(PS) … Oh … good … you mean for work, more papers perhaps?

(Me) Not really, I hope to write a book for a larger audience.

(PS) Really? … Ok … fine … (appropriate silence) … Now, POB (pseudonymous other brother), what are your plans for 2016?


If you don’t know what NaNoWriMo is all about: the idea is to write a “book” (more like a ‘shitty first draft’ of half a book) consisting of 50.000 words in November.

We’re 5 days into the challenge, and I haven’t written a single word…

Part of the problem is that I’m in the French mountains, and believe me, there always more urgent or fun things to do here than to find a place of my own and start writing.

A more fundamental problem is that I cannot choose between possible book-projects.

Here’s one I will definitely not pursue:

[section_title text=”The Grothendieck heist”]

“A group of hackers uses a weapon of Math destruction to convince Parisian police that a terrorist attack is imminent in the 6th arrondissement. By a cunning strategy they are then able to enter the police station and get to the white building behind it to obtain some of Grothendieck’s writings.

A few weeks later three lengthy articles hit the arXiv, claiming to contain a proof of the Riemann hypothesis, by partially dismantling topos theory.

Bi-annual conferences are organised around the globe aimed at understanding this weird new theory, etc. etc. (you get the general idea).

The papers are believed to have resulted from the Grothendieck heist. But then, similar raids are carried out in Princeton and in Cambridge UK and a sinister plan emerges… “

Funny as it may be to (ab)use a story to comment on the current state of affairs in mathematics, I’m not known to be the world’s most entertaining story teller, so I’d better leave the subject of math-thrillers to others.

Here’s another book-idea:

[section_title text=”The Bourbaki travel guide”]

The idea is to hunt down places in Paris and in the rest of France which were important to Bourbaki, from his birth in 1934 until his death in 1968.

This includes institutions (IHP, ENS, …), residences, cafes they frequented, venues of Bourbaki meetings, references in La Tribu notices, etc.

This should lead to some nice Parisian walks (in and around the fifth arrondissement) and a couple of car-journeys through la France profonde.

Of course, also some of the posts I wrote on possible solutions of the riddles contained in Bourbaki’s wedding announcement and the avis de deces will be included.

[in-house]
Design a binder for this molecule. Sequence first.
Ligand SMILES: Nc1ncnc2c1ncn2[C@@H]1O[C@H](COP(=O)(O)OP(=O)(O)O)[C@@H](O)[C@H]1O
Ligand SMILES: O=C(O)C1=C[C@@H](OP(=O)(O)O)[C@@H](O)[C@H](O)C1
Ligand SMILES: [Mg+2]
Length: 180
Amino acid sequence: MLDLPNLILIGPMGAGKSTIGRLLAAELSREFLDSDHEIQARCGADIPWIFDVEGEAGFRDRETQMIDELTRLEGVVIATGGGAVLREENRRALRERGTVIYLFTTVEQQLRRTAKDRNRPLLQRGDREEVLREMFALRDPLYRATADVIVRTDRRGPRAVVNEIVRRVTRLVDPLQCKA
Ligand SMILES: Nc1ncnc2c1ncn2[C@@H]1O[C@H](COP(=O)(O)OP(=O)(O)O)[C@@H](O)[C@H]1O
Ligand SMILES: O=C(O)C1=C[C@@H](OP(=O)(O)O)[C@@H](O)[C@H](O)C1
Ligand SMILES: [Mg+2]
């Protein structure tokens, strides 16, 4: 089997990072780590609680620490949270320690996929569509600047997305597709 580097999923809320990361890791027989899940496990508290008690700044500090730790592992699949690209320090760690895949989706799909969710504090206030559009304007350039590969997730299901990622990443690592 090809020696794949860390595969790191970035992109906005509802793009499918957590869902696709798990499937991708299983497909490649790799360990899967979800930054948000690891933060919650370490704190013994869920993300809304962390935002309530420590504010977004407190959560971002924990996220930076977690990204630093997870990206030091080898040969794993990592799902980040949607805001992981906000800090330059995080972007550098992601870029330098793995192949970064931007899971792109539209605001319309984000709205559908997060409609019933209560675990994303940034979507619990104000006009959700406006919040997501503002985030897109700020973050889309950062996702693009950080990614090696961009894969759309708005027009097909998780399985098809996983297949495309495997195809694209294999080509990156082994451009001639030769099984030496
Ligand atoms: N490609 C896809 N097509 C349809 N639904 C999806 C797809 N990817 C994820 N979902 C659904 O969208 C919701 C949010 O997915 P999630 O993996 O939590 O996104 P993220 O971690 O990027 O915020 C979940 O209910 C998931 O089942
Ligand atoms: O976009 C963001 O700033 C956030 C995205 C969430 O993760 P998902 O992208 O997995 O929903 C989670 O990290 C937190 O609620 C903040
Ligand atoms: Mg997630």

Here the advantage is that I have already a good part of the raw material. Of course it still has to be followed up by in-situ research, unless I want to turn it into a ‘virtual math traveler ’s guide’ so that anyone can check out the places on G-maps rather than having to go to France.

I’m still undecided about this project. Is there a potential readership for this? Is it worth the effort? Can’t it wait until I retire and will spend even more time in France?

Here’s yet another idea:

[section_title text=”Mr. Yoneda takes the Tokyo-subway”]

This is just a working title, others are “the shape of prime numbers”, or “schemes for hipsters”, or “toposes for fashionistas”, or …

This should be a work-out of the sga4hipsters meme. Is it really possible to explain schemes, stacks, Grothendieck topologies and toposes to a ‘general’ public?

At the moment I’m re-reading Eugenia Cheng’s “Cakes, custard and category theory”. As much as I admire her fluent writing style it is difficult for me to believe that someone who didn’t knew the basics of it before would get an adequate understanding of category theory after reading it.

It is often frustrating how few of mathematics there is in most popular maths books. Can’t one do better? Or is it just inherent in the format? Can one write a Cheng-style book replacing the recipes by more mathematics?

The main problem here is to find good ‘real-life’ analogies for standard mathematical concepts such as topological spaces, categories, sheaves etc.

The tentative working title is based on a trial text I wrote trying to explain Yoneda’s lemma by taking a subway-network as an example of a category. I’m thinking along similar lines to explain topological spaces via urban-wide wifi-networks, and so on.

But al this is just the beginning. I’ll consider this a success only if I can get as far as explaining the analogy between prime numbers and knots via etale fundamental groups…

If doable, I have no doubt it will be time well invested. My main problem here is finding an appropriate ‘voice’.

At first I wanted to go along with the hipster-gimmick and even learned some the appropriate lingo (you know, deck, fin, liquid etc.) but I don’t think it will work for me, and besides it would restrict the potential readers.

Then, I thought of writing it as a series of children’s stories. It might be fun to try to explain SGA4 to a (as yet virtual) grandchild. A bit like David Spivak’s short but funny text “Presheaf the cobbler”.

Once again, all suggestions or advice are welcome, either as a comment here or privately over email.

Perhaps, I’ll keep you informed while stumbling along NaNoWriMo.

At least I wrote 1000 words today…